20 July 2010
By Kounteya Sinha
New Delhi, India
An additional 1.2 million HIV patients across the globe were started on the lifesaving anti–retroviral treatment (ART) in 2009 – the highest number of infected availing of this medicare in a single year.
According to latest WHO figures, an estimated 5.2 million HIV patients were receiving this life–saving treatment at the end of 2009.
India is among the top 20 countries, which recorded the highest percentage increase in the number of people receiving ART between 2007 and 2008. Over this one year, there was a spurt in 48% of patients – from 1.50 lakh to 2.34 lakh – who could receive ART.
The number of facilities with HIV testing and counselling in the country has also increased from 4,269 in 2007 to 4,817 in 2008. Since 2003, the number of people receiving HIV treatment has increased 12–fold globally. The cost needed for HIV treatment this year is pegged around $ 9 billion, according to UNAIDS.
However, the future for the global fight against AIDS does not seem too bright, financially. A new report, released at the International AIDS Conference in Vienna on Monday, says that donor nation support for AIDS relief was flat in 2009, thanks to the global meltdown, with only $7.6 billion provided during the year, ending the run of annual double–digit percentage point increases in donor support for international AIDS assistance since 2002 when donor governments provided a total of $1.2 billion. America remained the largest donor nation in the world, accounting for more than half (58%) of last year’s disbursements, followed by the United Kingdom (10.2%), Germany (5.2%), the Netherlands (5%) and France (4.4%).
“Reductions in investment on AIDS programs are hurting the Aids response. At a time, when we are seeing results in HIV prevention and treatment, we must scale up, not scale down,” said Michel Sidibi, UNAIDS executive director. UNAIDS estimates that $23.6 billion was needed to address the epidemic in low–and middle–income countries in 2009. That suggests a growing gap of $7.7 billion between available resources and the need.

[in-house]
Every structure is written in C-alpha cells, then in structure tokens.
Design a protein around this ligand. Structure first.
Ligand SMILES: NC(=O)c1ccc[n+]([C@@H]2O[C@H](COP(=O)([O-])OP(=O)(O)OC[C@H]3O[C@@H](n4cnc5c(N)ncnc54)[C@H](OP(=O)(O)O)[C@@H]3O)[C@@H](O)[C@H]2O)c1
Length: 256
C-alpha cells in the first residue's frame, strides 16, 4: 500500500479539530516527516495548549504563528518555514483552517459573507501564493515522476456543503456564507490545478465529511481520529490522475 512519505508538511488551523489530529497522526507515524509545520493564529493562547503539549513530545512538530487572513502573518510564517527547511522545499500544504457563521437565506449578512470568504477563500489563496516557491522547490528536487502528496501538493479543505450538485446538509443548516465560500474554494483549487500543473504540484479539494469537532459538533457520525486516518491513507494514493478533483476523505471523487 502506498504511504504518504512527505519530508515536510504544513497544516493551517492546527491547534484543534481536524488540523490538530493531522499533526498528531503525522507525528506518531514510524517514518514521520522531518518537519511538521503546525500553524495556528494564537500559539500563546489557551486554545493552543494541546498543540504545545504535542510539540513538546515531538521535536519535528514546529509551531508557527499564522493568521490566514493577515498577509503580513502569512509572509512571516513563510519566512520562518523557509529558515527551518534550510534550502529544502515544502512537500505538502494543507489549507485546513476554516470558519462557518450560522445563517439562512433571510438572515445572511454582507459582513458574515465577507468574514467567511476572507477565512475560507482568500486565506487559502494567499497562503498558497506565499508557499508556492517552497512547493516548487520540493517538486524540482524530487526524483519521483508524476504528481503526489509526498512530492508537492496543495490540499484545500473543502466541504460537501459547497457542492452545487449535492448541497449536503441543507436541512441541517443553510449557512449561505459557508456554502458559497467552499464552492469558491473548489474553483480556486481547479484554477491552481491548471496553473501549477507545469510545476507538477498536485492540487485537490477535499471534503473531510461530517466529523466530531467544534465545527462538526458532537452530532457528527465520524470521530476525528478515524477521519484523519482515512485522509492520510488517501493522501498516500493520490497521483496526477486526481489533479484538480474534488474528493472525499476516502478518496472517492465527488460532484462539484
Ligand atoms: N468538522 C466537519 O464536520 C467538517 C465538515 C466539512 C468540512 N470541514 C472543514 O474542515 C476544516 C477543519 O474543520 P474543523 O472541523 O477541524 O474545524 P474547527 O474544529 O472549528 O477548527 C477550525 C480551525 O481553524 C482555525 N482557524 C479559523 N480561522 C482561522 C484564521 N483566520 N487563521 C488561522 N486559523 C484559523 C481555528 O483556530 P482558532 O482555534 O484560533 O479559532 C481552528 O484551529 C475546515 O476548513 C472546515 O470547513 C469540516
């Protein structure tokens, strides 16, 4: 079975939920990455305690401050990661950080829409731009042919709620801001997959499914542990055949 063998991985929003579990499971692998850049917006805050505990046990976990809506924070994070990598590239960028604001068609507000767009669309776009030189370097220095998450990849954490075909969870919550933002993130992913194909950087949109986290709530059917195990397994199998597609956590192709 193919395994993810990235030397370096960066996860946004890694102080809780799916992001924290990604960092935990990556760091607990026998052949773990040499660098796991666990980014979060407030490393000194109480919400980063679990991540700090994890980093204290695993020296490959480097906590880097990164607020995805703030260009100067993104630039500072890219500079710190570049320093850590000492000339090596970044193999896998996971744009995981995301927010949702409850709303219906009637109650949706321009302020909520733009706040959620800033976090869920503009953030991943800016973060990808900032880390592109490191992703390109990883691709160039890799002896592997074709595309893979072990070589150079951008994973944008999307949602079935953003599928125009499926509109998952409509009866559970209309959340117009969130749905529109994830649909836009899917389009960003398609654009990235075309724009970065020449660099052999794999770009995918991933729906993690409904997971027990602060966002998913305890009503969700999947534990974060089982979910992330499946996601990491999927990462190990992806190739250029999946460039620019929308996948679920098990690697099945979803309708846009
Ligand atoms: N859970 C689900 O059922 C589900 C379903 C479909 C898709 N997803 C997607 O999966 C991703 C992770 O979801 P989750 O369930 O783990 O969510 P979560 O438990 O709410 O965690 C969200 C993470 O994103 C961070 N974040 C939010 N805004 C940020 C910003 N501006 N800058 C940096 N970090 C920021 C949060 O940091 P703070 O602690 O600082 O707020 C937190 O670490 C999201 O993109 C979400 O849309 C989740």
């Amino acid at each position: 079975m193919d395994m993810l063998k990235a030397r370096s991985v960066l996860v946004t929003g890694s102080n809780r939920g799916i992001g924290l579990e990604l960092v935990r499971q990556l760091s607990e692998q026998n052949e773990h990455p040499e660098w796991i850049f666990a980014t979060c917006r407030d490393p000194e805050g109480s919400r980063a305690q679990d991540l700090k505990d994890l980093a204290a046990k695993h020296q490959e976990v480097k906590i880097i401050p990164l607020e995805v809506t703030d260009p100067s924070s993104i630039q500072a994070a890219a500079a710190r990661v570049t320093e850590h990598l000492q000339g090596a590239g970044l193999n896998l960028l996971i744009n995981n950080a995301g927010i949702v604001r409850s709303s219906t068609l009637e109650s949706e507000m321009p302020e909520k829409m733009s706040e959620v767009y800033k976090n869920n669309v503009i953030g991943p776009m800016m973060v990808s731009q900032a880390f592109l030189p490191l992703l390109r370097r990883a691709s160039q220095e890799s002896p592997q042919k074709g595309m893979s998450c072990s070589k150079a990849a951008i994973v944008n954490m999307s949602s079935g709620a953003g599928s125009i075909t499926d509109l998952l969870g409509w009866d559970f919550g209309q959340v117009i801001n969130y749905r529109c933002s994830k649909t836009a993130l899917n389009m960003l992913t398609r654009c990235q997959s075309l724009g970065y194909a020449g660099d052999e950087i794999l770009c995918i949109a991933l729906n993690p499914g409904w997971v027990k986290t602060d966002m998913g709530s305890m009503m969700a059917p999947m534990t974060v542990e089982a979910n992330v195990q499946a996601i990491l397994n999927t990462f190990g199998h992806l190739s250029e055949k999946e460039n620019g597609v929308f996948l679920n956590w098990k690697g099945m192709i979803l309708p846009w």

Though the financial deficit comes as a cause for concern, Dr Hiroki Nakatani – WHO’s assistant director–general for HIV, tuberculosis, malaria and neglected tropical diseases – has praised global efforts to put more and more patients on life–saving HIV drugs. “The 1.2 million is the largest increase in people accessing treatment in a single year. It is an extremely encouraging development,” he said. At the International AIDS Conference, WHO is calling for timely treatment for HIV patients. The basic objective is to begin treatment before they take ill because of weakened immunity.
“Starting treatment earlier gives us an opportunity to enable people living with HIV to stay healthier and live longer,” says Dr Gottfried Hirnschall, WHO, director, HIV/Aids.
Estimates developed through epidemiological modelling suggest that HIV–related mortality can be reduced by 20% between 2010 and 2015 if these guidelines for early treatment are implemented.
Earlier treatment can prevent opportunistic infections including tuberculosis – the number one killer blow for HIV patients. Deaths from TB can be reduced by as much as 90%, if both HIV and TB patients are treated earlier. “In addition to saving lives, earlier treatment has also prevention benefits,” Dr Hirnschall says. “Because treatment reduces the level of virus in the body, it means HIV–positive people are less likely to pass the virus on to their partners.”
ASIA’S FIGHT AGAINST AIDS
- Number of HIV patients in 2008 was 4.7 million against 4.5 million in 2001
- Number of new HIV infections in 2008 was 3.5 lakh against 4 lakh in 2001
- Number of newly–infected children in 2008 was 21,000 against 33,000 in 2001
- Number of Aids–related deaths in 2008 was 3.3 lakh against 2.8 lakh in 2001
- Asia is home to 60% of the world’s population. But, it is second only to sub–Saharan Africa as far as HIV patients is concerned
- India accounts for almost half of Asia’s HIV prevalence
- Only 37% of HIV patients in Asia, who require ART were getting it in 2008, which is below the global average of 42%